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Role Play and Superheroes

Hello everybody, I’m Donna an Early Years Practitioner and trained Henry Facilitator and I hope you are all well and enjoying being out and about more.

Today we are looking at Role play and Superheroes. If you have young children, you will probably know how much they enjoy role play and dressing up as their favourite Superhero, Disney, book or TV character. But why do children enjoy this type of play so much and what are they learning when they role play?

It’s not just boys who enjoy Superhero play, girls feel inspired and excited by being a superhero too. A superhero doesn’t have to be costume wearing hero like Superman, Spiderman, or Batman, a child’s superhero can be any fictional character with any super power a child chooses. Children see the qualities and powers their Superhero’s have and want to share and mimic them, they become a child’s role model. Four and  five year old’s particularly enjoy Superhero play, at this age they want more control over their lives and are trying out new experiences that can incite feelings of fear. They are drawn to the power and strength a superhero possess. When children dress up and role play a scenario, it gives them strength and courage and helps them feel in control and even overcome fears and worries they may have. Children will use superhero play more than any other role play when they want to focus on feelings.

During lockdown children may be especially worried or scared. They may be frightened of them self or someone they love catching Coronavirus or becoming ill.  You can empower your child to become self-confident, brave, in control and overcome their fears and worries by encouraging them to become a superhero who fights the virus by washing their hands and following safety rules. Let’s face it we have all been playing our part as superheroes, by staying indoors, regularly washing our hands and helping to keep ourselves and others safe, and it’s the same of our children.  They have been little superheroes following all the rules and safety procedures that have helped to keep us all safe and protected and we should let them know how proud we are of them.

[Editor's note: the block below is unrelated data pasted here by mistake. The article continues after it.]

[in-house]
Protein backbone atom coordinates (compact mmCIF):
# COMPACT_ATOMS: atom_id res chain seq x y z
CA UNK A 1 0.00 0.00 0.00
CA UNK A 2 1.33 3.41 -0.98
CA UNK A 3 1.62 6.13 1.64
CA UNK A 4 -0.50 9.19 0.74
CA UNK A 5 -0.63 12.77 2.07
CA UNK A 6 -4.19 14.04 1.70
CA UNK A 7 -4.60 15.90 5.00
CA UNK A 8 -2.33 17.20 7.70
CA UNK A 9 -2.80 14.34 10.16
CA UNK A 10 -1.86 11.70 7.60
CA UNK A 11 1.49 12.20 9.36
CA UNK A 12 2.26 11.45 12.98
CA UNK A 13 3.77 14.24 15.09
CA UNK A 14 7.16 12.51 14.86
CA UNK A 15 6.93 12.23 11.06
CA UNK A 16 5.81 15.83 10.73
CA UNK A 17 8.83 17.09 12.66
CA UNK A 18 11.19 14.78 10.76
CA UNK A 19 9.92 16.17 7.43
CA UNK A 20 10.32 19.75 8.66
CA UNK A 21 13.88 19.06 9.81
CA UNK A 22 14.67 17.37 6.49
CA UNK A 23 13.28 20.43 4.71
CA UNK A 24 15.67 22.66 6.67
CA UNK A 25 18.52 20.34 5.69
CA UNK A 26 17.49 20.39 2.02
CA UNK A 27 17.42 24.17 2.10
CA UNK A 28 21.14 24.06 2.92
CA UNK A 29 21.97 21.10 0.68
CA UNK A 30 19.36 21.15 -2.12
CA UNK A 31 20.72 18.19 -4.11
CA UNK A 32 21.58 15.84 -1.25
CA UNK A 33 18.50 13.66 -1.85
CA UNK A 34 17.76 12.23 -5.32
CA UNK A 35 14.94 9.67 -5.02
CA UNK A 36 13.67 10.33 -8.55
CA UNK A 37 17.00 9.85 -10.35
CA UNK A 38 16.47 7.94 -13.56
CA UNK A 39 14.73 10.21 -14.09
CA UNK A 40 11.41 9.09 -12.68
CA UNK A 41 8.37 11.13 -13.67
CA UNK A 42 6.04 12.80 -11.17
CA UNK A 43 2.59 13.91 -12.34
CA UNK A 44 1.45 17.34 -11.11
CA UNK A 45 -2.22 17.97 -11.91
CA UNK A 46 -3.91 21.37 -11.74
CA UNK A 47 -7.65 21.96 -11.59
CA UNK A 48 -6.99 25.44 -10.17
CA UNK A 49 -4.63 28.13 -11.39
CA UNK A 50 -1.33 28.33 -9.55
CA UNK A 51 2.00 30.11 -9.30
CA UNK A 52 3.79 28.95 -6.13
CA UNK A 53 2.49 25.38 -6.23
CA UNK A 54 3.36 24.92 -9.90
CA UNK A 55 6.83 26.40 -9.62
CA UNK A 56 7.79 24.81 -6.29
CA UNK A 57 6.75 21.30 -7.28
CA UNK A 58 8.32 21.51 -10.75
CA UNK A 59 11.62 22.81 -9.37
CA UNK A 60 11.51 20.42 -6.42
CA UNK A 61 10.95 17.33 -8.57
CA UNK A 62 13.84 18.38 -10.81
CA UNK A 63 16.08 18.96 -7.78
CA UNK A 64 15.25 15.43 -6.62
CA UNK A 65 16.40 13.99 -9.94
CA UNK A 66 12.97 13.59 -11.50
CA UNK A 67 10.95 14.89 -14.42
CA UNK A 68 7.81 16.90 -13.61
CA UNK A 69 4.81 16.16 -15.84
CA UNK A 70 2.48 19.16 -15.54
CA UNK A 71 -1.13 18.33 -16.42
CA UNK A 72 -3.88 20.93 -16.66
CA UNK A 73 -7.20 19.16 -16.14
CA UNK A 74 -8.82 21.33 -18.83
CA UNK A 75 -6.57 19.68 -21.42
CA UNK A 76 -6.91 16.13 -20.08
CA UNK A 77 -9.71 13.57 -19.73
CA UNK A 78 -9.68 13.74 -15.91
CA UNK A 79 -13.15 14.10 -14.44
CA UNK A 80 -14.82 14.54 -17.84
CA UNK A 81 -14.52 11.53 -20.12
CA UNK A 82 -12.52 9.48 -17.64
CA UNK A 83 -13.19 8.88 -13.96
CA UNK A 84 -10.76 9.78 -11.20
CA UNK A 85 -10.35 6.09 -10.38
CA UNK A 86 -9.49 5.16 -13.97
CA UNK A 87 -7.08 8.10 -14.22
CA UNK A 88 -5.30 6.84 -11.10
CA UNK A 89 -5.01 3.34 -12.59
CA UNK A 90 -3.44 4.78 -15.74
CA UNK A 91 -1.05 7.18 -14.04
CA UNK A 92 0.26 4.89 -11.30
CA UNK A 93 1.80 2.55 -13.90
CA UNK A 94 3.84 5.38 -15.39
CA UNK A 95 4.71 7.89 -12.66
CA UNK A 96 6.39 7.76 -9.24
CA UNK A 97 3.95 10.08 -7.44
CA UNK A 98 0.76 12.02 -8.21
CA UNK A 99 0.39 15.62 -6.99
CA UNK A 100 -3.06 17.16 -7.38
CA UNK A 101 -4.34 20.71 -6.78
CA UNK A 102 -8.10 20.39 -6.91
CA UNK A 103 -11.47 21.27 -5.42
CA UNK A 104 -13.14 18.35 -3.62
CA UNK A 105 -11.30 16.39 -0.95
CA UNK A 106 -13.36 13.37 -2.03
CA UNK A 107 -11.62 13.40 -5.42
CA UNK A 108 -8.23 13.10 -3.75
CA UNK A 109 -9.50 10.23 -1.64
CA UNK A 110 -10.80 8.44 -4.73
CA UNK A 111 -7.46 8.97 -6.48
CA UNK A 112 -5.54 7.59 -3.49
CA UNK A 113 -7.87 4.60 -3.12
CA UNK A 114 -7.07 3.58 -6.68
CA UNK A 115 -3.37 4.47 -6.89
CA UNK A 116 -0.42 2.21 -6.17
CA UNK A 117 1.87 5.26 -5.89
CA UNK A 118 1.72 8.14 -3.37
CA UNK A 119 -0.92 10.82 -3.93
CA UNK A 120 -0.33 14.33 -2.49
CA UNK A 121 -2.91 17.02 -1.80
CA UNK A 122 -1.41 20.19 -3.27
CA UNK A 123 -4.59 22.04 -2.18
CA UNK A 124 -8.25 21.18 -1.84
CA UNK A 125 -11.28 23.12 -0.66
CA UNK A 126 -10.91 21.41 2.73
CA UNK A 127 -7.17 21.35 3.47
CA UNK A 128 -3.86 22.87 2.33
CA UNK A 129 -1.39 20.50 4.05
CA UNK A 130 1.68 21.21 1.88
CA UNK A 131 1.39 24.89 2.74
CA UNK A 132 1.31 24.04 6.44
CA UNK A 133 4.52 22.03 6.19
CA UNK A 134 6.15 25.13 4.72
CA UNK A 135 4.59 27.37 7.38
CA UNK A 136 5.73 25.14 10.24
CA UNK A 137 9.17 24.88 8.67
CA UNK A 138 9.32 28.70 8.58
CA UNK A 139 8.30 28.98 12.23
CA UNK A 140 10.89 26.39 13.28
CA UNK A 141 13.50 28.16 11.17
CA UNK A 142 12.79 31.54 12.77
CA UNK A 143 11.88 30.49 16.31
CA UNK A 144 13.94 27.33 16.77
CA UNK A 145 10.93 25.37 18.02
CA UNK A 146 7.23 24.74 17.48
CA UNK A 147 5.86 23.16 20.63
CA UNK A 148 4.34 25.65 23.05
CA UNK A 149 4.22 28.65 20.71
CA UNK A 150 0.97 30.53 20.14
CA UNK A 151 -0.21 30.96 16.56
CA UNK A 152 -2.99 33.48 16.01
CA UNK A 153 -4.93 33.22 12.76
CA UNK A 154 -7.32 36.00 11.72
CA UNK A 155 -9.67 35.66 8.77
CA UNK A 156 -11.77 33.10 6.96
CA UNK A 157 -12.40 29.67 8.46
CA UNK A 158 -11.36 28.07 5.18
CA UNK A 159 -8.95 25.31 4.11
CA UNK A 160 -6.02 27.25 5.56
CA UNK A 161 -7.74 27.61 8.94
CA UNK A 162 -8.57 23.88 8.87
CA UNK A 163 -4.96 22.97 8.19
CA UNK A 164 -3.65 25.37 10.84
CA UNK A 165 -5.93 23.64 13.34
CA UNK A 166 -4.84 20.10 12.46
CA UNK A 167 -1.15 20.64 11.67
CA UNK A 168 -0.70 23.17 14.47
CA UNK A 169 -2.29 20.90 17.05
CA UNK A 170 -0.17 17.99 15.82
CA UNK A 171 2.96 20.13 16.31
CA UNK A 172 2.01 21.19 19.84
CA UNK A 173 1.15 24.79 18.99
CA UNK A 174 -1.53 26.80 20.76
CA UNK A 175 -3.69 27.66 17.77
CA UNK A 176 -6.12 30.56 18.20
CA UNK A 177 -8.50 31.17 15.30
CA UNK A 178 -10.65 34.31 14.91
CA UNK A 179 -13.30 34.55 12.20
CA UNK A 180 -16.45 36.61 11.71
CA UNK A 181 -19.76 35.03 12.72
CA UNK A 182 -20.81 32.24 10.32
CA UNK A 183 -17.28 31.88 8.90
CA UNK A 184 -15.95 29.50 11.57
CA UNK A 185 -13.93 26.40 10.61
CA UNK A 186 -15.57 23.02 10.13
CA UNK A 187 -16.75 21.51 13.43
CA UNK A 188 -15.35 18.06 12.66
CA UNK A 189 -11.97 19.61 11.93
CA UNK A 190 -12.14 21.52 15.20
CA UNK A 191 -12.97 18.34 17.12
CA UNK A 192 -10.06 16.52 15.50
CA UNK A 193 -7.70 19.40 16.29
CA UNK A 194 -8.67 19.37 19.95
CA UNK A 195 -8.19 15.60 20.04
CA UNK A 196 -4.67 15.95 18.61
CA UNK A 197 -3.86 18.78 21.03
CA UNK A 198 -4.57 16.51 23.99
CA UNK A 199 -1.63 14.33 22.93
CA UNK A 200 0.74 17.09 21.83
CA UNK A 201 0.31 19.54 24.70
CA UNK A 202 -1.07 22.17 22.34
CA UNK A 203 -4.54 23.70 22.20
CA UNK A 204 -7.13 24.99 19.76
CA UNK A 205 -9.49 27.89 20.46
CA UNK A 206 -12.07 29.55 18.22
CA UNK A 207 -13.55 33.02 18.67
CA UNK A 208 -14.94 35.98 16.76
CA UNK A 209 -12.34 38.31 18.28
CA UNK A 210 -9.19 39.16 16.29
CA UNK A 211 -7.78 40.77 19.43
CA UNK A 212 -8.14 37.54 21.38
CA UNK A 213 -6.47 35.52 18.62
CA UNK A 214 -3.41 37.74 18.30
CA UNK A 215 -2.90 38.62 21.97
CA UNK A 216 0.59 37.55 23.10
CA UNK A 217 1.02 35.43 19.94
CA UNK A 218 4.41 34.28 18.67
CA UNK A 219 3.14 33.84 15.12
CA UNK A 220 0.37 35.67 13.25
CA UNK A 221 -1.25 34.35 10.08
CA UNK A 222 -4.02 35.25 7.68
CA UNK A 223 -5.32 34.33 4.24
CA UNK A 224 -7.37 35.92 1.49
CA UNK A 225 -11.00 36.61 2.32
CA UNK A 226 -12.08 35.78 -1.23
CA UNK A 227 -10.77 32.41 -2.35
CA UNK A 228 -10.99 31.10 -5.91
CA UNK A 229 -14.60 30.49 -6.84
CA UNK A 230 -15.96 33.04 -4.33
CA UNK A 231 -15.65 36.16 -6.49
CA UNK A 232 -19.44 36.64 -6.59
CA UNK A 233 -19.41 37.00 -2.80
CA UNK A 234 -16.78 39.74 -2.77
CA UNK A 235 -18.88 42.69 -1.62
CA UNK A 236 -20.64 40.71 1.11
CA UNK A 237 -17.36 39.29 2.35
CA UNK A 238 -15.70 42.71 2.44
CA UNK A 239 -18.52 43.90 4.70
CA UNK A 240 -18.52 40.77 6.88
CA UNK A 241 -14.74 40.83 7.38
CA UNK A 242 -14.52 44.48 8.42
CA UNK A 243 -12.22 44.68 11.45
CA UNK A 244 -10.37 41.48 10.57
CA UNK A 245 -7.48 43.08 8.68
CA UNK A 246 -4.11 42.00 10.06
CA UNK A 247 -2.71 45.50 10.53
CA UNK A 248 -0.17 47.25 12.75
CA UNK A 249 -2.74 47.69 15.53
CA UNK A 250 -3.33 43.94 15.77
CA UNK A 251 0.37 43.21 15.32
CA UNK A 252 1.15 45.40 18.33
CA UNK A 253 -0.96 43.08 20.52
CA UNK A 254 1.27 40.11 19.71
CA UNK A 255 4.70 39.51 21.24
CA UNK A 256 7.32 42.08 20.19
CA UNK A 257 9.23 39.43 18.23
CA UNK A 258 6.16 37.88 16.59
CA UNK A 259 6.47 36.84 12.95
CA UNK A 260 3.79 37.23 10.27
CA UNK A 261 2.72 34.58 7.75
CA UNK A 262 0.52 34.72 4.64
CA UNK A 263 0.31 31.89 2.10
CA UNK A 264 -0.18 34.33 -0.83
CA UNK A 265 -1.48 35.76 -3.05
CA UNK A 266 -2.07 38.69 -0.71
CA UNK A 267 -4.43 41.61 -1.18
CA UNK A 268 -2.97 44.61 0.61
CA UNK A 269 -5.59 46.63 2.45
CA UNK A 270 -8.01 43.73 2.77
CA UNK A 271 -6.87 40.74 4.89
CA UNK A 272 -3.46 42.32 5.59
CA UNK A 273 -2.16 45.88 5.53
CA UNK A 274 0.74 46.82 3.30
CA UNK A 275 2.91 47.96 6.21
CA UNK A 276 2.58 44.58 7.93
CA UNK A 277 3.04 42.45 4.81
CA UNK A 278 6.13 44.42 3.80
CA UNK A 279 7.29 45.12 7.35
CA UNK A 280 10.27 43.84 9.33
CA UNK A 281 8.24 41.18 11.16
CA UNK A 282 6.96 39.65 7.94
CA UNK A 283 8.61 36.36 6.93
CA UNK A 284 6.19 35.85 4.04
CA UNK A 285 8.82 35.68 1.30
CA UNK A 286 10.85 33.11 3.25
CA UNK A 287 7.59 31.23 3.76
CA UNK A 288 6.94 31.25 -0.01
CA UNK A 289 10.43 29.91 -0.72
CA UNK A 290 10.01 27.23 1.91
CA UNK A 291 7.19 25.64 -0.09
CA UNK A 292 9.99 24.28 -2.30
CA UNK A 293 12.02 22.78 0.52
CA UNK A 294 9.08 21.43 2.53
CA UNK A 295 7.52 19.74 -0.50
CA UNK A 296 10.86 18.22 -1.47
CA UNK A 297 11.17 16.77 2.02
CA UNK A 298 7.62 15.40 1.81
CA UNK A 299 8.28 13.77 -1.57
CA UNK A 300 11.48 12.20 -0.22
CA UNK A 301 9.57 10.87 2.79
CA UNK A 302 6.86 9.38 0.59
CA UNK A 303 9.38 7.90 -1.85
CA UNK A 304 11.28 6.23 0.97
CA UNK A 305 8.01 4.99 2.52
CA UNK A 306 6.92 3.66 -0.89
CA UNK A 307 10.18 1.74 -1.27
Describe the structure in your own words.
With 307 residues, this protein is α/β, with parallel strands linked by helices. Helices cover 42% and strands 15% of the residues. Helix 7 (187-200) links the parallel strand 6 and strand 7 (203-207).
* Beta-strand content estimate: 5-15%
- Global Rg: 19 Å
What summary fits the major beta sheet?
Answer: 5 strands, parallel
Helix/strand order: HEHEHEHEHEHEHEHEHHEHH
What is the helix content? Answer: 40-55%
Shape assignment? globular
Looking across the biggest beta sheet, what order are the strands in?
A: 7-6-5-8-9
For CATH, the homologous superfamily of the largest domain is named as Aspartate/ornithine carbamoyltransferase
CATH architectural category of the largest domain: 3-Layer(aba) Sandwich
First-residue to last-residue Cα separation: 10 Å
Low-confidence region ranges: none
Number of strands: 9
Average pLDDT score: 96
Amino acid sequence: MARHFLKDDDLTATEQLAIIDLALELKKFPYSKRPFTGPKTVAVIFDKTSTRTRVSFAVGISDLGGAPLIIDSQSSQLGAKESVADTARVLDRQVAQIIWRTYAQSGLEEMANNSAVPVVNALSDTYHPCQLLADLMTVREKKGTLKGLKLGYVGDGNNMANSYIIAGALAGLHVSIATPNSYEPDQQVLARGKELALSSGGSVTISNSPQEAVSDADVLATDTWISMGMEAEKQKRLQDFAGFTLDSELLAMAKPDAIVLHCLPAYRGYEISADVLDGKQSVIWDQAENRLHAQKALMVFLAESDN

But just as importantly, pretending to be a super hero is a way for children to develop healthy emotions, giving them space and time to experience a whole range of emotions, both positive and negative. Identifying and recognising their own emotions allows children to develop healthy responses as they grow. Helping them to understand what emotion is, leading to them learning to regulate their feelings.

After all, superheroes face really big emotions and big challenges every single day, just like children do, even more so during the last few months.

Child development expert Dr Maria Robinson says, ‘In this fantasy world, a superhero might be troubled or even a little afraid of a really dreadful “baddie”, which represents their particular worry. But they are always brave, face the terrible monster or person and overcome them.’